Chase is on the case at the Pasadena Police Department


At first glance, Chase is a fun loving, overly exuberant, pedigreed English Springer Spaniel.

With a liver and white coat and a birth certificate that shows a family lineage of notable English Spaniels with names like Joyful Little Josh and Bramble Lane Tara, Chase isn’t exactly what people expect to see roll up with Pasadena Police Department’s Narcotics unit.

But once his paw hits the floor at a crime scene, there isn’t a narcotic this spry canine can’t find with his well-trained “sniffer.”

We had a chance to sit down with his handler, a Pasadena Narcotics Detective who prefers to keep his identity a secret due to sensitive cases he and Chase are working on. He was able to share insight on Chase’s arrival to the department and how the City’s single purpose K9 is cracking cases, finding drugs and getting the bad guys.

“To him, it’s all a game,” said his handler. “He is looking for the ‘sniffs’ and from the moment he gets out of the cage — he knows its game time and he is ready to go.”

BTB: Where did you get Chase?

PASADENA PD: Chase is from a breeder in the United Kingdom. We got the idea from the Los Angeles Police Department who has their own single purpose K9. We had enough cases coming through Pasadena that we felt our Department could sustain having its own dog. We got him a year and half ago and we started training together. Now he’s my partner.

BTB: What was training like for you and Chase?

PASADENA PD: The breeders do some initial work, they cut up pieces of tennis balls and have them hunting around. But, once we get them and if we like the temperament of the dog, then we start training as a team.
Together we took a handler course and we learned how to pick up “sniffs”, how to follow motions, give hand signals and also how to go from home life to work life. When we get to work, he knows that we aren’t playing games.
When we were training, it started simple, with putting pipes in boxes with the narcotics and he had to “sniff” and find it. When he did, he was immediately rewarded. The more you do, the better he gets.

Pasadena Police Department’s narcotics sniffing Springer Spaniel, Chase. Photo by Miguel Vasconcellos/Behind the Badge

BTB: What is he trained to find?
PASADENA PD: Meth, cocaine, heroine and derivatives that make up those drugs.

BTB: What is his biggest motivator?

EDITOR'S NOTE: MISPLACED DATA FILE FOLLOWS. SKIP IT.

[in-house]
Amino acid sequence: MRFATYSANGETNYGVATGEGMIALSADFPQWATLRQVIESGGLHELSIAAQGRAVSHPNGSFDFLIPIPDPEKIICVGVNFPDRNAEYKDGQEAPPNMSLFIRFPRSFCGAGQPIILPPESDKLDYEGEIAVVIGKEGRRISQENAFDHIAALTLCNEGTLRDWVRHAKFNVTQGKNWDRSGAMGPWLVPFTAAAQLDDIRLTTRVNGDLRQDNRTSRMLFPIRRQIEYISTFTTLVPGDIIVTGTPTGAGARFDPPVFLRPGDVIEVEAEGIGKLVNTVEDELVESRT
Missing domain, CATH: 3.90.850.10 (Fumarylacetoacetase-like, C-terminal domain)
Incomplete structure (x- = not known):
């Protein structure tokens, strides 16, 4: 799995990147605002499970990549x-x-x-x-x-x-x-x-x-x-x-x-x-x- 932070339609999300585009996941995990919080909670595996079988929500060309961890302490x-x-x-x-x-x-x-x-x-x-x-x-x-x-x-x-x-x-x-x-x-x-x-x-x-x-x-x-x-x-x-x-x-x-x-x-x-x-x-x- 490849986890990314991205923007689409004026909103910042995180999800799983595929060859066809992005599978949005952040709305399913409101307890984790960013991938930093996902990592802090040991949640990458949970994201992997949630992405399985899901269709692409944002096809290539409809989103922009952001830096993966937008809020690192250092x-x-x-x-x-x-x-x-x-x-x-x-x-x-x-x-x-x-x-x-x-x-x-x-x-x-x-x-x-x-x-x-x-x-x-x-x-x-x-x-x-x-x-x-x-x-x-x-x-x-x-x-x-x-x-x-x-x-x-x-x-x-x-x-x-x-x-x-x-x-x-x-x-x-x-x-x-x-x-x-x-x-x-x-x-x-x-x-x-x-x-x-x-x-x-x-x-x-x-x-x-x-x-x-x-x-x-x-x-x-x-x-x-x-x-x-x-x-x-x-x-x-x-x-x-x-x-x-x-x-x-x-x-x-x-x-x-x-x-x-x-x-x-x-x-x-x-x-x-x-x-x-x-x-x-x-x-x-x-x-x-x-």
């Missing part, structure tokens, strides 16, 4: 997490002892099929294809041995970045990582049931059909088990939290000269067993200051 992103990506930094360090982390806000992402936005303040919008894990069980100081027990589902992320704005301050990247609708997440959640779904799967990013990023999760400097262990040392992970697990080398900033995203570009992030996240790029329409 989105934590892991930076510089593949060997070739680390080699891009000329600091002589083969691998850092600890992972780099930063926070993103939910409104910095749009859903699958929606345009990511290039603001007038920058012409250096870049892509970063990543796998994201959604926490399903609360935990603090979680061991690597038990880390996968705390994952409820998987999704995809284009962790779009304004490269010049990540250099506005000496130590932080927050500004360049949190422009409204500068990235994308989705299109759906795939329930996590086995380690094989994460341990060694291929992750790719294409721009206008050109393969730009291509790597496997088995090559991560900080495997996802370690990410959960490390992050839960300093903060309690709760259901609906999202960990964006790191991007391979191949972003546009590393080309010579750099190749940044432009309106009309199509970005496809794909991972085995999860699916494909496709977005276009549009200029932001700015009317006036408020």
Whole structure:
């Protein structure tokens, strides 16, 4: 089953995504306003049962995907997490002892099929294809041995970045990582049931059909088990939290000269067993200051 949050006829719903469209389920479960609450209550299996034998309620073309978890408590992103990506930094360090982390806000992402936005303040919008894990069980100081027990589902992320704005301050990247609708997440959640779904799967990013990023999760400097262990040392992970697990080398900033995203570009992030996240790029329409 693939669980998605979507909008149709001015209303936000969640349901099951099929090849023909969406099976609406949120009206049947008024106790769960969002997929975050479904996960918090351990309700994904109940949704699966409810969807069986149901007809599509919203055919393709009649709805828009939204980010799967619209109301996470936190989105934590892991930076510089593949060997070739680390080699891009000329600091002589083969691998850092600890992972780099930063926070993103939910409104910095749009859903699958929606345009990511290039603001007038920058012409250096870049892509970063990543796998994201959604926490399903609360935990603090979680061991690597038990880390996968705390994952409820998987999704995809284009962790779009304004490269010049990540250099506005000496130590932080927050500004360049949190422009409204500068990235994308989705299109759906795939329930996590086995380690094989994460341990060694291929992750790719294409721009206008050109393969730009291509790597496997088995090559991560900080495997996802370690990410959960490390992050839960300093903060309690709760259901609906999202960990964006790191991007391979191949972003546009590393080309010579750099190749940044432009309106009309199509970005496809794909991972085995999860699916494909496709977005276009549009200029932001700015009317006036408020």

PASADENA PD: For Chase, everything is about playing. His biggest motivator isn’t treats or petting (although he is OK with it), for him it’s about getting the tennis ball. He is a great fetching dog and he could do it all day.

BTB: What has been his best case?
PASADENA PD: Chase is gung-ho about everything, but his first deployment was probably the most exciting. We went through training together and I was nervous, we didn’t know if he was ready. But at a certain point, you have to trust your dog. On our first case, we stopped a narcotic transporter seller, we had very little information — so, we had to trust Chase 100 percent.
We let him loose in the car and he immediately went under the dashboard and pointed with his nose underneath the radio. We pried it open and underneath it, in this little plastic corner there was a little over $1,000 and 250 grams of narcotics. It was a small seizure, but it was his first time and we didn’t know what to expect from him.
We knew he had just made the cut.

BTB: Why are these breeds used for detective work?
PASADENA PD: Spaniels are hunters. It’s part of their genetics.
Everyone knows German Shepherds and Belgian Malinois are the dogs you see out on patrol. They do explosive detection, building searches and suspect tracking. When a suspect sees them, they just want to surrender.
But Chase, he’s a hunter. He wants to find things. But he’s always happy, ready to work and eager.

Pasadena Police Department’s narcotics sniffing Springer Spaniel, Chase. Photo by Miguel Vasconcellos/Behind the Badge

BTB: Is Chase out in the community getting to the know everyone?
PASADENA PD: We try to take Chase out to the community for certain events. He wear his vest, special made police badge and people love to meet him.
But like the rest of us in the narcotics team, we try to keep a low profile. We are always working cases and we need to stay out of the spotlight. Chase and I go undercover and we go for walks or do stake outs where we just look like a regular guy taking his dog out. We were able to get a large seizure recently because we stood across the street of a home while Chase was using the restroom.
If people start to recognize us, we won’t be able to do it.

BTB: What was the initial cost to get Chase trained and on the Pasadena PD team?
PASADENA PD: To get the program up and running, the initial cost was about $13,506, this includes training for Chase and me. But since he has been out on the field starting June 29, 2017, we’ve seen a huge return on his investment with money, guns and drugs recovered thanks to his ‘sniffer.’

$2.5 million
15 guns
30 pounds of heroin
270 pounds of cocaine
160 pounds of meth

He is a great extra resource that we are able to use at a moments notice. Plus, he loves working. And he’s pretty cute.

Things to Know about Chase
Name: Chase came from the Nickelodeon children’s television series, PAW PATROL, where the dog’s slogan is “Chase is on the Case.”
Favorite toy: Tennis Ball. All day, every day.
Personality Profile: Hardworking, high-energy, chronic licker, can’t stop-won’t stop attitude, cuteness.
Favorite thing to do when he’s off-duty: Playing chase with his family.


Pasadena Police Department’s narcotics sniffing Springer Spaniel, Chase. Photo by Miguel Vasconcellos/Behind the Badge

Pasadena Police Department’s narcotics sniffing Springer Spaniel, Chase. Photo by Miguel Vasconcellos/Behind the Badge